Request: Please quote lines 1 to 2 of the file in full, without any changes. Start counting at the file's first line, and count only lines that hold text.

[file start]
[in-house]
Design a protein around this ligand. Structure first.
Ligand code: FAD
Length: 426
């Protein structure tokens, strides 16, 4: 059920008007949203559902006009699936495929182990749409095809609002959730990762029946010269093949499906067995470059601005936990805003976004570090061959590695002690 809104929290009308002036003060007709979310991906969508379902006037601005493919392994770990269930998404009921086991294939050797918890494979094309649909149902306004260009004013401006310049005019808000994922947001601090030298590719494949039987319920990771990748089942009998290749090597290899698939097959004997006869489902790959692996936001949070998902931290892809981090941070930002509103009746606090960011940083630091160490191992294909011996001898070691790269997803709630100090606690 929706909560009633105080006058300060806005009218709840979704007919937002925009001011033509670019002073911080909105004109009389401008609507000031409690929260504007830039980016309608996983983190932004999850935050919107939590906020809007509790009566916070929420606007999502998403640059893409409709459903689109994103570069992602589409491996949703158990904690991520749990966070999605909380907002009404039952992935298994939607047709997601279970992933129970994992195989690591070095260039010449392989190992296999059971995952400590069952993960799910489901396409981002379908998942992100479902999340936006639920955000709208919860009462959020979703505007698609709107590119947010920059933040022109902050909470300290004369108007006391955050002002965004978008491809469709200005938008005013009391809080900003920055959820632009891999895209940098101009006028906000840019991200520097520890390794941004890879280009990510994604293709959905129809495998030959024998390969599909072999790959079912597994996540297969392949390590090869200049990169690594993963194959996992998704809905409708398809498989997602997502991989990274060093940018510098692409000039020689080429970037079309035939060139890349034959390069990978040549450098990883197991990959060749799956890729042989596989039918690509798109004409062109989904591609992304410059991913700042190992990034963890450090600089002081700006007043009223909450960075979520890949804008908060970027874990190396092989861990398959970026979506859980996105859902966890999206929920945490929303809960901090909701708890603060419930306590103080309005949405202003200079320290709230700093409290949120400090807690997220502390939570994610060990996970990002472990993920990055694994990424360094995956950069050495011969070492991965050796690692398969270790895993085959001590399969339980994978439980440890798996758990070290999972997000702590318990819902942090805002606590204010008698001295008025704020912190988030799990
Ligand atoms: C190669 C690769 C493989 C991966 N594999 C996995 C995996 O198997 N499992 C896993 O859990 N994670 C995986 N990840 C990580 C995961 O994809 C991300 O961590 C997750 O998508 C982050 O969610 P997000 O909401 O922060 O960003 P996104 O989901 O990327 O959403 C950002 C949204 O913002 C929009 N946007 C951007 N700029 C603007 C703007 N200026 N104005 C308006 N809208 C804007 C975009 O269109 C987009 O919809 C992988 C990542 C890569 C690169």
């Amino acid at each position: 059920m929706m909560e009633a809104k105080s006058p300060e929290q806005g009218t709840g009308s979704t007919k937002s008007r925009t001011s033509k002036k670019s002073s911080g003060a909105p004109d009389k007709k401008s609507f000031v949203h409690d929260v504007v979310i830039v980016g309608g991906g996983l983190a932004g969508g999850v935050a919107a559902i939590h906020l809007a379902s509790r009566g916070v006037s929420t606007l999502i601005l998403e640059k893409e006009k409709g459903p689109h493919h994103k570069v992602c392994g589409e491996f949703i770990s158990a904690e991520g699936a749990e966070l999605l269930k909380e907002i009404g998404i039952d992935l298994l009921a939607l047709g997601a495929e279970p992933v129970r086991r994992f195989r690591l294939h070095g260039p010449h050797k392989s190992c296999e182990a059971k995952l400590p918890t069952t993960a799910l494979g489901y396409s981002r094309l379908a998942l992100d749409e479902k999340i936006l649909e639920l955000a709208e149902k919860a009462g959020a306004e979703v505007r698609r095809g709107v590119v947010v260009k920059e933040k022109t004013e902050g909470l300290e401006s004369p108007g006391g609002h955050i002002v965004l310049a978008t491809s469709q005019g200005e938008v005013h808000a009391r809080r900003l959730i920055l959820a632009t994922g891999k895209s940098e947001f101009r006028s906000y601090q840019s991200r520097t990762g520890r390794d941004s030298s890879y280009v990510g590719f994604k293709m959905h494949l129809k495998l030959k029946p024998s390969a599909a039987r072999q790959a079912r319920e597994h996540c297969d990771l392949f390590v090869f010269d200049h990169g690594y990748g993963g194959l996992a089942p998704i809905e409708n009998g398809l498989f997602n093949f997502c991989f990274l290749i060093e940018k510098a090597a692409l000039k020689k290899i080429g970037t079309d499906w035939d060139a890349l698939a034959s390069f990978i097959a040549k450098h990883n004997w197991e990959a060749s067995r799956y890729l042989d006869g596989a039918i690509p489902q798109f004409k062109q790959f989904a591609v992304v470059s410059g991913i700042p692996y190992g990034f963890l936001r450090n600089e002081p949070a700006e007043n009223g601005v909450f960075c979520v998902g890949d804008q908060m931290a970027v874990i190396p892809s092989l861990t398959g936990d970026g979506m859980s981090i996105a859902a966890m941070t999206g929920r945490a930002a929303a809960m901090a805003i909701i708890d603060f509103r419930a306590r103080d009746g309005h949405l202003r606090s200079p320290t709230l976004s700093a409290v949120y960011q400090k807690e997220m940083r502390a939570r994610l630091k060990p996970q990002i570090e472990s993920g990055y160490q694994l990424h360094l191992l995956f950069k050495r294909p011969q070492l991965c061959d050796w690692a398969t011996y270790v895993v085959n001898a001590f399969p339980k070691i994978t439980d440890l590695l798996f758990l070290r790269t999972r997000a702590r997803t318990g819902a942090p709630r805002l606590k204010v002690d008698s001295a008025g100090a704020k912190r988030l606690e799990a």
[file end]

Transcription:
[in-house]
Design a protein around this ligand. Structure first.